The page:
The “Big Five” of Africa

Seeing the ‘Big Five’ of Africa has been a dream for most tourists wishing to explore this continent. They say the ‘Big Five’ was coined as a result of these animals being difficult to hunt on foot and are among the most dangerous animals. Today the expression of the Big Five takes on a gentler form, referring to ‘seeing’ the Big Five on a wildlife safari rather than hunting then.

The Big Five consists of the African Elephant, Black Rhinoceros, African or Cape Buffalo, Lion, and Leopard. Countries, where all the Big Five can be found, include Angola, Botswana, Zambia, Uganda, Namibia, Ethiopia, South Africa, Kenya, Tanzania, Zimbabwe, the Democratic Republic of the Congo, Rwanda, and Malawi.

Getting to know the ‘Big Five’

African Elephant

The African elephant is a  large herbivore with thick, almost hairless skin, a long, flexible, prehensile trunk, upper incisors forming long curved tusks of ivory, and large, fan-shaped ears. There are two distinct species of African elephant, the African forest elephant, and the African bush elephant. Elephants are difficult to hunt because, despite their large size, they are able to hide in tall grass and are more likely to charge than the other species.

African Elephant facts:
  • Weight: 4-6 tonnes.
  • Diet: They graze and also uproot trees and shrubs. And how much do they eat? 300 kgs a day.
  • Life Span: 60-70 years.

And did you know…

  1. African Elephants communicate across distances at a low frequency that cannot be heard by humans.
  2. The elephant’s gestation period of 22 months giving birth to calves weighing 120kg! Elephant cows give birth standing up with members of the herd forming a protective circle around her as her calf is born.
  3. Elephants love to swim.

Black Rhinoceros

Black rhinoceros is a large herbivore having two upright horns on the nasal bridge. Its thick protective skin, formed from layers of collagen positioned in a lattice structure, is very hard to puncture. It is now critically endangered, and hunting is extremely limited due to this.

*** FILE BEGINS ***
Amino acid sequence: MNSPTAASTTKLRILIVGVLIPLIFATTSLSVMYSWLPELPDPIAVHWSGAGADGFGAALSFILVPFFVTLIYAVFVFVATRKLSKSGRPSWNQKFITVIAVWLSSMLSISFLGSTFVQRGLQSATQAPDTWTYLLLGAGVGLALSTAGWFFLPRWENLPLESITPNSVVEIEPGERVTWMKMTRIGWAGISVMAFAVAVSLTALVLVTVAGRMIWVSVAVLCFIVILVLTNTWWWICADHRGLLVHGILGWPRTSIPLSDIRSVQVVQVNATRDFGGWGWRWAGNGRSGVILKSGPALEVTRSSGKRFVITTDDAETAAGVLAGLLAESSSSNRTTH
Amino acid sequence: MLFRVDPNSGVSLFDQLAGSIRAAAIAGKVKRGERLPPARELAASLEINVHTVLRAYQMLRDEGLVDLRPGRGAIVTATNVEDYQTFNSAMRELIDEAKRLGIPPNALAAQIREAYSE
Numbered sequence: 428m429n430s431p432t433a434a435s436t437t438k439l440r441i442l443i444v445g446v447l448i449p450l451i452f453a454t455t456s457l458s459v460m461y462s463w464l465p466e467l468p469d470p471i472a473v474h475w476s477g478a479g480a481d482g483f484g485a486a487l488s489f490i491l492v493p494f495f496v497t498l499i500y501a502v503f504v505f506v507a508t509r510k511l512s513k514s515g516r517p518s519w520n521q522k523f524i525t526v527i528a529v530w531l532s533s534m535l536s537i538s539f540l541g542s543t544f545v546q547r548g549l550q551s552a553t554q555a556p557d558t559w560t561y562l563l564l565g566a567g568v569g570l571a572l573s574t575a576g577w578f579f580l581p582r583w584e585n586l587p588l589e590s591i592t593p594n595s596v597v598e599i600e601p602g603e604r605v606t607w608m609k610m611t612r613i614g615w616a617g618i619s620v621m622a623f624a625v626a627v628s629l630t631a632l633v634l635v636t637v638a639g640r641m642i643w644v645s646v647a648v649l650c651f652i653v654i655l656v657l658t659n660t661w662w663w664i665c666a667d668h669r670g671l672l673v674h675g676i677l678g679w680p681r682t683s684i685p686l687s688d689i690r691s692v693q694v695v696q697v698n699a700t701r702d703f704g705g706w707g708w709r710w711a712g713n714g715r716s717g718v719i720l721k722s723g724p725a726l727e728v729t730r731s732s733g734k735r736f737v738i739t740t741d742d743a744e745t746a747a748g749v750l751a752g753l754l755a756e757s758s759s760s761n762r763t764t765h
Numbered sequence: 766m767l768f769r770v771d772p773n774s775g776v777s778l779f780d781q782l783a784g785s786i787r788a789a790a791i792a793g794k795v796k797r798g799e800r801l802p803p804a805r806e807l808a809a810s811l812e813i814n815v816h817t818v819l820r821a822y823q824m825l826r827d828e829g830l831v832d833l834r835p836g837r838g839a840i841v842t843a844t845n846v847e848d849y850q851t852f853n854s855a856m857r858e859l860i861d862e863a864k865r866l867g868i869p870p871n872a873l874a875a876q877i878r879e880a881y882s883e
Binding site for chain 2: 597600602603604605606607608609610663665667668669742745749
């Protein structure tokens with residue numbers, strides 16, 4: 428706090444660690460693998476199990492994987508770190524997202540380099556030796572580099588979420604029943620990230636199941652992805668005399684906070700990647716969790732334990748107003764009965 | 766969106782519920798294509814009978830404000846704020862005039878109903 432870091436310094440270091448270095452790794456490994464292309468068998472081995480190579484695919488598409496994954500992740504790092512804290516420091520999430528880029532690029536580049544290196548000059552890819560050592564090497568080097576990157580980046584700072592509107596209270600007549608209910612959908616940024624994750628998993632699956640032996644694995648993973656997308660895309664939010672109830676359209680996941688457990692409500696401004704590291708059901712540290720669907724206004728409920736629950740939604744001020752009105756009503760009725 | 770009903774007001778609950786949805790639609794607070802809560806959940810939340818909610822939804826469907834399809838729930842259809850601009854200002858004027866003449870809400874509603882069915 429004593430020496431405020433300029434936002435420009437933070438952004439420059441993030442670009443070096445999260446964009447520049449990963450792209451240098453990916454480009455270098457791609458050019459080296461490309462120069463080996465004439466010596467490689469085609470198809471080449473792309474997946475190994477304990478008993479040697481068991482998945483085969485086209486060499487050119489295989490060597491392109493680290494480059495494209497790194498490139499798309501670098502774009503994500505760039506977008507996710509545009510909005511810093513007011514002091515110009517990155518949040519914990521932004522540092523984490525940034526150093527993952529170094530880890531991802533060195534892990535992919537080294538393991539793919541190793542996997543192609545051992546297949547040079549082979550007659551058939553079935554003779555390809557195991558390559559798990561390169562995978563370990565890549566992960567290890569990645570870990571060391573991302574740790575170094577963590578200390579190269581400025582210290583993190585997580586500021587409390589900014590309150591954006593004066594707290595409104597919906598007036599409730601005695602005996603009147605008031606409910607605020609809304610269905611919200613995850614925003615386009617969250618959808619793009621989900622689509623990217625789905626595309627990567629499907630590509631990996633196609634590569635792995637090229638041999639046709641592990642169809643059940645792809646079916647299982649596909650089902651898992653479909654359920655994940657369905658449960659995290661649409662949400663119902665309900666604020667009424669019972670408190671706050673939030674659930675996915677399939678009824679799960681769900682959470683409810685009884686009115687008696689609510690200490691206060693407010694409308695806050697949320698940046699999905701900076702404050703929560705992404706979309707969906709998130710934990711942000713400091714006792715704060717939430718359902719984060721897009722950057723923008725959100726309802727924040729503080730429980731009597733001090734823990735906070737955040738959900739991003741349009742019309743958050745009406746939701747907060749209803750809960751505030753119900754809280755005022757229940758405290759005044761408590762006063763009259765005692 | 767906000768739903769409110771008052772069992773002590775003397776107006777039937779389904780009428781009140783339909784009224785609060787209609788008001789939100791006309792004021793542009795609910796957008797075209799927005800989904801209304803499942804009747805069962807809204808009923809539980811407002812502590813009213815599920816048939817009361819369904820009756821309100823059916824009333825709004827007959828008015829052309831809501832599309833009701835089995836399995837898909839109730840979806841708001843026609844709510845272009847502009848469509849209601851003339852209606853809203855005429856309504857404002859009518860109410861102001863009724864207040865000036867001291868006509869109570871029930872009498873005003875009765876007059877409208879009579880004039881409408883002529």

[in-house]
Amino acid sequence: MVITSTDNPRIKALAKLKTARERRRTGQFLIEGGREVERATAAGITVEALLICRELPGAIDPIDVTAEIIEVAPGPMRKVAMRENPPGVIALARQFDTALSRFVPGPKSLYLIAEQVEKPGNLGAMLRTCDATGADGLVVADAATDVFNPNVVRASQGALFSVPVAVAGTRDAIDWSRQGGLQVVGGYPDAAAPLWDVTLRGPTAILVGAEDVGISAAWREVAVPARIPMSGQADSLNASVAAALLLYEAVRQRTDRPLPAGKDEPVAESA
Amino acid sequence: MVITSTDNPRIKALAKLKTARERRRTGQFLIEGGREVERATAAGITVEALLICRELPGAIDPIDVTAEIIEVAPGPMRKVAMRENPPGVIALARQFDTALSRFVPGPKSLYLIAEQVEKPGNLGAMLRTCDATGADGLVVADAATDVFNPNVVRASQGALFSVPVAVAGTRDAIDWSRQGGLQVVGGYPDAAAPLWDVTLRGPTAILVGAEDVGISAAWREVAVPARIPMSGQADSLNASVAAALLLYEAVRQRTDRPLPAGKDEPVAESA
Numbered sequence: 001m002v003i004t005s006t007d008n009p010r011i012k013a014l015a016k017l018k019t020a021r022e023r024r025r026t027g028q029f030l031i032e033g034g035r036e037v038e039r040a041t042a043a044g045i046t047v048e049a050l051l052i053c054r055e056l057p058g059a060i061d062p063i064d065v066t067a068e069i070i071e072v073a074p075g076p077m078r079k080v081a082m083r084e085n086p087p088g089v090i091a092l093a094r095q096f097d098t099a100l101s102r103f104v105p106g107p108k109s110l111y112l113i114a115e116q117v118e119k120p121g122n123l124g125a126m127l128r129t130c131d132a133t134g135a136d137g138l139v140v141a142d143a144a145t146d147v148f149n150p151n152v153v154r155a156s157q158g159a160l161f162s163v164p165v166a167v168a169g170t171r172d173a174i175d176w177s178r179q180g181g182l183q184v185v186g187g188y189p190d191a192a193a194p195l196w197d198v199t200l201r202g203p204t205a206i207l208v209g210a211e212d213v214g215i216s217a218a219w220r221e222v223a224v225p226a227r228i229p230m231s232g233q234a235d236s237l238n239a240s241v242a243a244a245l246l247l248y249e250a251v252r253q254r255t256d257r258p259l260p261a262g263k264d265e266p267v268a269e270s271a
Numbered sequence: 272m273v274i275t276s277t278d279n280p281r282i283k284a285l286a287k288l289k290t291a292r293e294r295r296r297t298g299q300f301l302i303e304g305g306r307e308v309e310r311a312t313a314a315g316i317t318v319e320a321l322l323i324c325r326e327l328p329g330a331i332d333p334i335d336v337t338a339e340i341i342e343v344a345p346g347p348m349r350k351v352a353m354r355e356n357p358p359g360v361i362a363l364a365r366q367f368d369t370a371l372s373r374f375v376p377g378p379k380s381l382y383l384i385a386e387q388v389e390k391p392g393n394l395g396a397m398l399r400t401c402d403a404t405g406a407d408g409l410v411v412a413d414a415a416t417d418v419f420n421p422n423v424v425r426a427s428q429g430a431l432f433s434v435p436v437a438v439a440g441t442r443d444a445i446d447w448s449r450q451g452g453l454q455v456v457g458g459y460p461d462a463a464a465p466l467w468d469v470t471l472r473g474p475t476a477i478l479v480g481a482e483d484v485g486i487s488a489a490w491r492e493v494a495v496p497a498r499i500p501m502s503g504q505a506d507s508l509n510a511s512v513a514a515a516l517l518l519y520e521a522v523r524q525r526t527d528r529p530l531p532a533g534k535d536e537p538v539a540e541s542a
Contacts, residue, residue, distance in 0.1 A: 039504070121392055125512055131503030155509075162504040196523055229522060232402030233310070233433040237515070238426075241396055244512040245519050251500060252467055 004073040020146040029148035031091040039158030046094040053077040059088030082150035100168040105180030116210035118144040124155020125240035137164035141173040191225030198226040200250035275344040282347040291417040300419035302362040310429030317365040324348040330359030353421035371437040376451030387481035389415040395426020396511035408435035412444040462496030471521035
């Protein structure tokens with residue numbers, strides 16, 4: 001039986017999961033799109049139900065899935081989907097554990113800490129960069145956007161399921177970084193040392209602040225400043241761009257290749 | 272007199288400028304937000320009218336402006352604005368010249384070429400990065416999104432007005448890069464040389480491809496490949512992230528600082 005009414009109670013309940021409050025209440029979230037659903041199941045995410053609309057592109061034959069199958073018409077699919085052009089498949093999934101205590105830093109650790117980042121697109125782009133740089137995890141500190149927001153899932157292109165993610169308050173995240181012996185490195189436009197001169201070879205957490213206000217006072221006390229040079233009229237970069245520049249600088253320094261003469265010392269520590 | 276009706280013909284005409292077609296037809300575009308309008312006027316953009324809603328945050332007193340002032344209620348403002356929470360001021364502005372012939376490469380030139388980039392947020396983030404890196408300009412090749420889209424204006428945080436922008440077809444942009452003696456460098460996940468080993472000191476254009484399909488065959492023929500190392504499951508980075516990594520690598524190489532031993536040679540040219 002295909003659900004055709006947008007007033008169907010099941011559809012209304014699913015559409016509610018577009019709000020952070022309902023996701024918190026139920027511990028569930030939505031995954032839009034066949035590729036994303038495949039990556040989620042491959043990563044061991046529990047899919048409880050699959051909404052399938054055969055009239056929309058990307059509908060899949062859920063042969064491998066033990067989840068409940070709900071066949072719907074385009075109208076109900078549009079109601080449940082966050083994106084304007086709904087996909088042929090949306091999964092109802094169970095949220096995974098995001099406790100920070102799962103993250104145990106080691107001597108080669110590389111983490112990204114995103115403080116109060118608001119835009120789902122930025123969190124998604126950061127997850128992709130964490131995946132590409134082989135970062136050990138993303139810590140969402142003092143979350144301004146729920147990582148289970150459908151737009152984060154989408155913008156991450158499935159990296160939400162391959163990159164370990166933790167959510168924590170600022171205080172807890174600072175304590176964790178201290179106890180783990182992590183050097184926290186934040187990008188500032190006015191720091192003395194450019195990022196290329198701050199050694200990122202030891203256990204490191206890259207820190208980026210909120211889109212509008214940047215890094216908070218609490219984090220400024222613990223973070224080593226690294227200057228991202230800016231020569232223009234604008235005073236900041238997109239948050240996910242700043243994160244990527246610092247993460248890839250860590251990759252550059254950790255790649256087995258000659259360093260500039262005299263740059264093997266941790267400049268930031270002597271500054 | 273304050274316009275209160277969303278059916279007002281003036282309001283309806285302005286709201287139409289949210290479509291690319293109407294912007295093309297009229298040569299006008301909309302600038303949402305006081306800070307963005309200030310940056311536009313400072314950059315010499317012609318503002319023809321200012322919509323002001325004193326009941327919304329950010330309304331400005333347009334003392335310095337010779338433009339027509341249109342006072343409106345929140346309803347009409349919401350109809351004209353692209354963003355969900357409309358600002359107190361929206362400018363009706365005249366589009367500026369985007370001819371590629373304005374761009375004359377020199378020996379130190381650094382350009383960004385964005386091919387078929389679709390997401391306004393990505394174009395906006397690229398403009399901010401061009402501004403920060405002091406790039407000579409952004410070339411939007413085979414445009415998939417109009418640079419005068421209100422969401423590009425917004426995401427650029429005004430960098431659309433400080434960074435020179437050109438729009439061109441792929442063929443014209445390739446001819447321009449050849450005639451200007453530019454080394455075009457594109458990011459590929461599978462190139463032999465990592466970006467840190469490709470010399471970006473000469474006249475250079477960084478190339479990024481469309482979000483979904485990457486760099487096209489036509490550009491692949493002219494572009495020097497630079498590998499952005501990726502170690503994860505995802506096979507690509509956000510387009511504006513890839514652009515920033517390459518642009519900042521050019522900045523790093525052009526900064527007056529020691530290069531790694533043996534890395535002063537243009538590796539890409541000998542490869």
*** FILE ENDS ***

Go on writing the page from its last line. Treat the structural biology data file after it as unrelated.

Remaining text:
Black Rhinoceros facts:
  • Weight: 1-2 tonnes (the weight of an average car).
  • Diet: Leaves, buds, and shoots of plants .
  • Life Span: 35-40 years.

And did you know…

  1. Black rhinos have poor vision and will sometimes attack trees and rocks by accident. However, their hearing and sense of smell are excellent, thus often making up for their poor eyesight.
  2. This animal is the most endangered species of the ‘Big Five’ in Africa.
  3. Black rhinos feed at night and rest during the day.
  4. They have a gestation period of 16 months.

African or Cape Buffalo

African or Cape Buffalo are large horned bovid and are the only animals within the Big Five that are not endangered or threatened. The Cape buffalo is considered by many to be the most dangerous of the Big Five with wounded animals reported to ambush and attack pursuers.

African or Cape Buffalo facts:

  • Weight: 900 kg.
  • Diet: Grass, grass and still more grass! (And some leaves at times.)
  • Life Span: 16 Years.

And did you know…

  1. The primary predator to the buffalo is the Lion.
  2. The African buffalo is not closely related to the water buffalo even though they superficially resemble each other.
  3. Unlike the water buffalo, the dangerous African buffalo has never been domesticated.
  4. Buffalos can be very dangerous when provoked.
  5. It is said that buffalos have excellent memories and will ambush hunters they have encountered before.
  6. Buffalos drink 40 litres of water a day, so never wander too far away from a watering hole. Lions often lie in wait for them near the water and it will usually take several lions to bring a buffalo down.
  7. Female buffalos have strong bonds and if one individual is attacked the entire herd will defend it, often killing lions and other predators in the process.